First, get clear on how you are feeling — for instance, are you hurt, angry, sad, overwhelmed, lonely? I like to use the feelings wheel by Dr Julia Willcox to help me identify and explore my feelings (just search Google and you’ll find it).

Then see if you can identify what unmet desires or needs these feelings are highlighting, or which of your values (the things that are important to you) you feel out of alignment with.

Use this information to meet your wants or needs and to have better conversations with others about them.

Validate yourself and others

Validation means that we acknowledge our (or others’) emotions, thoughts, experiences, values, and beliefs.

It isn’t about agreeing, placating, fixing, or trying to solve or change anything. It’s about allowing ourselves to feel whatever we feel, even if it’s not pretty!

Here are some phrases I often use to validate another person’s experience:

  • I hear you
  • I understand
  • It makes sense that you feel/think…
  • That sounds X (rubbish, frustrating, sad, difficult, etc.)
  • I’m sure lots of people would feel like that in your situation
  • That sounds pretty normal given the circumstances
  • What do you need?
  • How can I help you?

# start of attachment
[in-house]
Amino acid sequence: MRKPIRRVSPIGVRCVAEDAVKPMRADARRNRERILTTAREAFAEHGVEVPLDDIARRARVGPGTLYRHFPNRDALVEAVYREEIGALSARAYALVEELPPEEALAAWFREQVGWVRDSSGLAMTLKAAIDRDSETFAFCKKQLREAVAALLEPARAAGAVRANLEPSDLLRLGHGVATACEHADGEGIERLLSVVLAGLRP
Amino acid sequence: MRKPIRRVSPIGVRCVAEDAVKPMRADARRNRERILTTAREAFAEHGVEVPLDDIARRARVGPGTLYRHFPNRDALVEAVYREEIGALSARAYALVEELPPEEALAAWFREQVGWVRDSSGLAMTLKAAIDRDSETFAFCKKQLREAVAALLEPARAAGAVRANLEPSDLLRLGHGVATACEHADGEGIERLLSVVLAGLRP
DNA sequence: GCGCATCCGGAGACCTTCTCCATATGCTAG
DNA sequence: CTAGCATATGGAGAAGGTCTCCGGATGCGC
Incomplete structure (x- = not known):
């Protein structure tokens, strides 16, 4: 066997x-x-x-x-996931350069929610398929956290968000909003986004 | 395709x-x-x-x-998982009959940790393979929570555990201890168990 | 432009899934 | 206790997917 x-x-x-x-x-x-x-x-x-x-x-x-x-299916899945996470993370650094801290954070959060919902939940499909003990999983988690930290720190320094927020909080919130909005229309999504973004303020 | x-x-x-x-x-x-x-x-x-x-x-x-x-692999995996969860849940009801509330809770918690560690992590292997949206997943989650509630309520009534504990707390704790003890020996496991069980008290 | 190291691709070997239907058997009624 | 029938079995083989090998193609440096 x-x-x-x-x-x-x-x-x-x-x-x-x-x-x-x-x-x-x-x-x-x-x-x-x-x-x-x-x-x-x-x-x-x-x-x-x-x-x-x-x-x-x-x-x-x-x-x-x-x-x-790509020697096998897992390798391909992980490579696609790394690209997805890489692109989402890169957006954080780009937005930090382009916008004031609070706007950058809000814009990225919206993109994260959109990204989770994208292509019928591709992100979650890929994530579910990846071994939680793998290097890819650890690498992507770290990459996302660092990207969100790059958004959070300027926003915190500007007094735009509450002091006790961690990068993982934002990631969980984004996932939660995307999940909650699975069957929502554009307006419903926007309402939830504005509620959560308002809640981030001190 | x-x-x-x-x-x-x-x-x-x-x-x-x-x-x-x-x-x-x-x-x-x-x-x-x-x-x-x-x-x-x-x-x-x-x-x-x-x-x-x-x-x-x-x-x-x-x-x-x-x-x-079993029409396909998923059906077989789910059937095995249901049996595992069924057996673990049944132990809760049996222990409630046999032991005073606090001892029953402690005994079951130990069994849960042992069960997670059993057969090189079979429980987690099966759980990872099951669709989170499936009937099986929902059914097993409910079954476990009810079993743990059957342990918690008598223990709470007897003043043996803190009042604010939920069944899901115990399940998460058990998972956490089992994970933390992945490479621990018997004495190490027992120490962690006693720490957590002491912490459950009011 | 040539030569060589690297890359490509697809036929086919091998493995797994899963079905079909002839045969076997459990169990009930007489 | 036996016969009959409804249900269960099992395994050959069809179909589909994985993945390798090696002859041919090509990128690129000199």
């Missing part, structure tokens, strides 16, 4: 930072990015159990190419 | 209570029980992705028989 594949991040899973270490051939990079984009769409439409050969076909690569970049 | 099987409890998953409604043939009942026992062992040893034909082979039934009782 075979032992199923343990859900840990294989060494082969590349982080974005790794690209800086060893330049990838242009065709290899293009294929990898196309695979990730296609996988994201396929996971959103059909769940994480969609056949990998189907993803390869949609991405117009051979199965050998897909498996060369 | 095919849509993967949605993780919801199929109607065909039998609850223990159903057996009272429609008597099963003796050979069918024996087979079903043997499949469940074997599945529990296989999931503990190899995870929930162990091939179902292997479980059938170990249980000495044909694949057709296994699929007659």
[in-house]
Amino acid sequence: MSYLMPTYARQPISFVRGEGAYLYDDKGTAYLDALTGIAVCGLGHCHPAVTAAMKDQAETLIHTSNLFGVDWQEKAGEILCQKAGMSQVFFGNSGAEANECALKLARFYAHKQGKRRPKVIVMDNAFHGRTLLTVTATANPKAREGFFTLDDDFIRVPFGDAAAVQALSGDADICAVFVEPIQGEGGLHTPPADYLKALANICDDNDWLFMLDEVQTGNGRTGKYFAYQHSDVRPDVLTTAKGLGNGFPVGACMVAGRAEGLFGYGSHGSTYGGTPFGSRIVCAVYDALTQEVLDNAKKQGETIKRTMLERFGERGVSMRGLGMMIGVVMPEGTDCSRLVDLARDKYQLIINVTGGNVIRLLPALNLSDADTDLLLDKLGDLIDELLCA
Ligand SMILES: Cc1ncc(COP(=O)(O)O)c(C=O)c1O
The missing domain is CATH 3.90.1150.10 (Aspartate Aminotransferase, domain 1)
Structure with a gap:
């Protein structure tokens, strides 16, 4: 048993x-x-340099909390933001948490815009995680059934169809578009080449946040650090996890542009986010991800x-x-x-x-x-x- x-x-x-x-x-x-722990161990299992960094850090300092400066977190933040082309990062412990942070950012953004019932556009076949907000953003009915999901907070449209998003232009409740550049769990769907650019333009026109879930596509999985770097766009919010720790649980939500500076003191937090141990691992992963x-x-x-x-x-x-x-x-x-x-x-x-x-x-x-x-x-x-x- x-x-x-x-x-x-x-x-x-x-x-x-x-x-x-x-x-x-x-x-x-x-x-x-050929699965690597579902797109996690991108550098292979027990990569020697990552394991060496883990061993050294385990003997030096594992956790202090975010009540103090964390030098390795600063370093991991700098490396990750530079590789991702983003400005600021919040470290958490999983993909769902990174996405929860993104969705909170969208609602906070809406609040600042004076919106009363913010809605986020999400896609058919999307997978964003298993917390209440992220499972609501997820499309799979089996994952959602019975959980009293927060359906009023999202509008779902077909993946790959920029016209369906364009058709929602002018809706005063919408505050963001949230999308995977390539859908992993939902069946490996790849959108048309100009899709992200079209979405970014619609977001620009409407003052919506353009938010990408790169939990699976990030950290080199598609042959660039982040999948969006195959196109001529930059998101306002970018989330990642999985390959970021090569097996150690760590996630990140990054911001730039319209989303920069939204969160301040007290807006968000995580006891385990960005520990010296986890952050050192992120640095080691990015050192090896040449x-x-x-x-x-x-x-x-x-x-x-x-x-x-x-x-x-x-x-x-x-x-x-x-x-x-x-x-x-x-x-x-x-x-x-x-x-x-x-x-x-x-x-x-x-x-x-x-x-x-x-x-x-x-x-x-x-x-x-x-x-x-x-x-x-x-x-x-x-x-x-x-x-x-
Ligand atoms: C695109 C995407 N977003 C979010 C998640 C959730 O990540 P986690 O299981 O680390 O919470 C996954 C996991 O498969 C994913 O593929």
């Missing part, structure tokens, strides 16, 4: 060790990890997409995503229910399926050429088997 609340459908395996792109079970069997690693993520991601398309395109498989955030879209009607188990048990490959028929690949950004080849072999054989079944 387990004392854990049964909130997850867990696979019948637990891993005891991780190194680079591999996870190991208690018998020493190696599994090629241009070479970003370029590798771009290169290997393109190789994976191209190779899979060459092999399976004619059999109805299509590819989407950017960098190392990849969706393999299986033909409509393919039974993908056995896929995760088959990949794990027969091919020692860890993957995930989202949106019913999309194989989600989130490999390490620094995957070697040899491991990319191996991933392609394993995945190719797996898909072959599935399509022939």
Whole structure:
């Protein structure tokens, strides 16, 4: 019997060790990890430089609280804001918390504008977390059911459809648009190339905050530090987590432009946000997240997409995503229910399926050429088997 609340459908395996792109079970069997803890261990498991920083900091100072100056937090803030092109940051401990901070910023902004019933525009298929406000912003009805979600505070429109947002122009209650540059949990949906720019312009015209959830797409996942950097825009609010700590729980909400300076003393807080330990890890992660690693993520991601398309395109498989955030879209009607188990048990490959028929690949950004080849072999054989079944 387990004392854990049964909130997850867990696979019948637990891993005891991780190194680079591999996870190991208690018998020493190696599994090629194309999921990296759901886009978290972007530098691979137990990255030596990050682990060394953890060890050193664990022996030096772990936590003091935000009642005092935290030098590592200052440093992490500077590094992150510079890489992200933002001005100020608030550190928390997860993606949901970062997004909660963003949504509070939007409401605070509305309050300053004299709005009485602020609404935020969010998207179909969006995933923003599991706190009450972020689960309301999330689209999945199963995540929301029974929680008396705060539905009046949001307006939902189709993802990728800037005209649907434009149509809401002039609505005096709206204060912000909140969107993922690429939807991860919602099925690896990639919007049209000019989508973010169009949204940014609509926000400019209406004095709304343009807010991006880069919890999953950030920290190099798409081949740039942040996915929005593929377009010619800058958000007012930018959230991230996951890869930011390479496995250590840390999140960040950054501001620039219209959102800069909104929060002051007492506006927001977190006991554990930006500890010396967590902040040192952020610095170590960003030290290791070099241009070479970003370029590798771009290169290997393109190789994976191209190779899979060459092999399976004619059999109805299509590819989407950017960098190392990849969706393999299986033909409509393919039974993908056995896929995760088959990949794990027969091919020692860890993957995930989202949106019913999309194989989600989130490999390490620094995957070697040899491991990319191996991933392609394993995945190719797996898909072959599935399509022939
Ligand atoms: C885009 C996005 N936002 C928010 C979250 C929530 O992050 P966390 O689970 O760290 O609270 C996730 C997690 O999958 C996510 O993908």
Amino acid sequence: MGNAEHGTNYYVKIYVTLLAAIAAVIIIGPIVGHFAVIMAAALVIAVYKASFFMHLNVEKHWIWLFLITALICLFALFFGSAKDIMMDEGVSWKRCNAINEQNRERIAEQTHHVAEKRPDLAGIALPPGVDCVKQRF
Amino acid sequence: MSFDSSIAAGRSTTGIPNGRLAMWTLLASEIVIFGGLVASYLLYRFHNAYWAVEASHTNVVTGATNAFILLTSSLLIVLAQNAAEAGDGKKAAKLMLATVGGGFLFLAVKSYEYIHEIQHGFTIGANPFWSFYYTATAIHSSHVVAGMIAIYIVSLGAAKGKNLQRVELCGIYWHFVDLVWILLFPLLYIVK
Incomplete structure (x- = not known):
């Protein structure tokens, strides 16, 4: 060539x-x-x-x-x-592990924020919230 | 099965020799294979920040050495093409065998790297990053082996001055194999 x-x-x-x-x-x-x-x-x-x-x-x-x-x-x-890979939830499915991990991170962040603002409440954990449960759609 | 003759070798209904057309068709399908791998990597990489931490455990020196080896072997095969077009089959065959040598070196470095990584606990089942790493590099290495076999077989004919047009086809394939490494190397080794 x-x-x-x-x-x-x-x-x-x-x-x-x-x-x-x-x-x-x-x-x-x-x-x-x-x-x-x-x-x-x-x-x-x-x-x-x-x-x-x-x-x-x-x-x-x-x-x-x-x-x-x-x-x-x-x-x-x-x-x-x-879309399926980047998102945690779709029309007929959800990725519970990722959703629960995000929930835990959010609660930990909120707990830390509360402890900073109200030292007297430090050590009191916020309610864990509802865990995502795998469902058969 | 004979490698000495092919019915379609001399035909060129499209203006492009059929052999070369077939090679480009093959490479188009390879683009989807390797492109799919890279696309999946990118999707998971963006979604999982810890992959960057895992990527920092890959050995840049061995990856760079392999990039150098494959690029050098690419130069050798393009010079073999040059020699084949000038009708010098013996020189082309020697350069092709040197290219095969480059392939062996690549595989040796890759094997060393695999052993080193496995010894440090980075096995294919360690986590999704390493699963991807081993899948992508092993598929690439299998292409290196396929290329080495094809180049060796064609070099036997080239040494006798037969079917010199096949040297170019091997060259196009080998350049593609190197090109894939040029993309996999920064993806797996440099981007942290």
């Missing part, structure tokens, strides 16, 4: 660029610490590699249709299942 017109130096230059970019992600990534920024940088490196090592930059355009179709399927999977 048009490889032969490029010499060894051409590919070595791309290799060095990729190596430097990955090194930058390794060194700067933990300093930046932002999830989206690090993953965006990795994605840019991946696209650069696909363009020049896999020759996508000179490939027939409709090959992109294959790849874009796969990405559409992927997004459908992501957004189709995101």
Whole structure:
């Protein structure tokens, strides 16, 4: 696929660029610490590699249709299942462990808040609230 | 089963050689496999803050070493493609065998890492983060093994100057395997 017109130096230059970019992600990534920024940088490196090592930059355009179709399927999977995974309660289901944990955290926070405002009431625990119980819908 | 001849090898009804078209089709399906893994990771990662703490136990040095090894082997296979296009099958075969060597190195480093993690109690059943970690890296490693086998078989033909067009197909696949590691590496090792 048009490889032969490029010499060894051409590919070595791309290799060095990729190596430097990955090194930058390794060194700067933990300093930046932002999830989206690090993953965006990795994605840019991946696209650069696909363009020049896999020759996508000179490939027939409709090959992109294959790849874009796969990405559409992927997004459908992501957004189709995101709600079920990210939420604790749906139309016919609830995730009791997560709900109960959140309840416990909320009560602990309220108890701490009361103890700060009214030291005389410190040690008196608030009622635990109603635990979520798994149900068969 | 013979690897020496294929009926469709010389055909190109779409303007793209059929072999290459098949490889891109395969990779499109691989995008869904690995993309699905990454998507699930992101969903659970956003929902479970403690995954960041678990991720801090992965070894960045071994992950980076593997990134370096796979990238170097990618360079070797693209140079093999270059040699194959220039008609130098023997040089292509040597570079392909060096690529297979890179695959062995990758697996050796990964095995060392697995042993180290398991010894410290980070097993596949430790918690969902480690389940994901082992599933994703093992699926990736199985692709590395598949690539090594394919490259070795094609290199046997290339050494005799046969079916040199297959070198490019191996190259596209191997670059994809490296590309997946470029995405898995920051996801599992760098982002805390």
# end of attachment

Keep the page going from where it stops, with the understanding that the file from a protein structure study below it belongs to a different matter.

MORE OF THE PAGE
And these are some things I say to myself to validate my own experience:

  • It’s ok to feel [insert feeling]
  • This too shall pass
  • Sit with it and see how you feel tomorrow
  • What do I need?
  • What do I want?
  • It won’t feel like this forever
  • Give it some time and see how you feel
  • Who can help/support me?

Cultivate some self-compassion

Many of us place great emphasis on being kind to others and yet this isn’t often the case when it comes to ourselves.

I hear time and time again from clients that they feel guilty and selfish for taking care of themselves and prioritising their needs.

Self-compassion is about learning to be our own best friend. To allow ourselves to be a little selfish sometimes to take care of our mental, emotional and physical wellbeing — ‘responsibly selfish’ as I like to call it.

By acknowledging that we matter too we become an inner ally to ourselves rather than an inner enemy.

A really good place to start being more compassionate to ourselves is to follow this simple rule — if we wouldn’t say it out loud to a friend, stop saying it in our head to ourselves because we are always listening!

Life is messy so give yourself permission to be human and stop judging yourself and comparing your reality to others’ highlight reels. We are all flawed works in progress — no one has it all together all of the time, despite what their Instagram account might depict!

The best bit is that when we start being kinder to ourselves we are naturally able to be kinder to others and give from a place of fullness and love instead of fear and scarcity — win-win!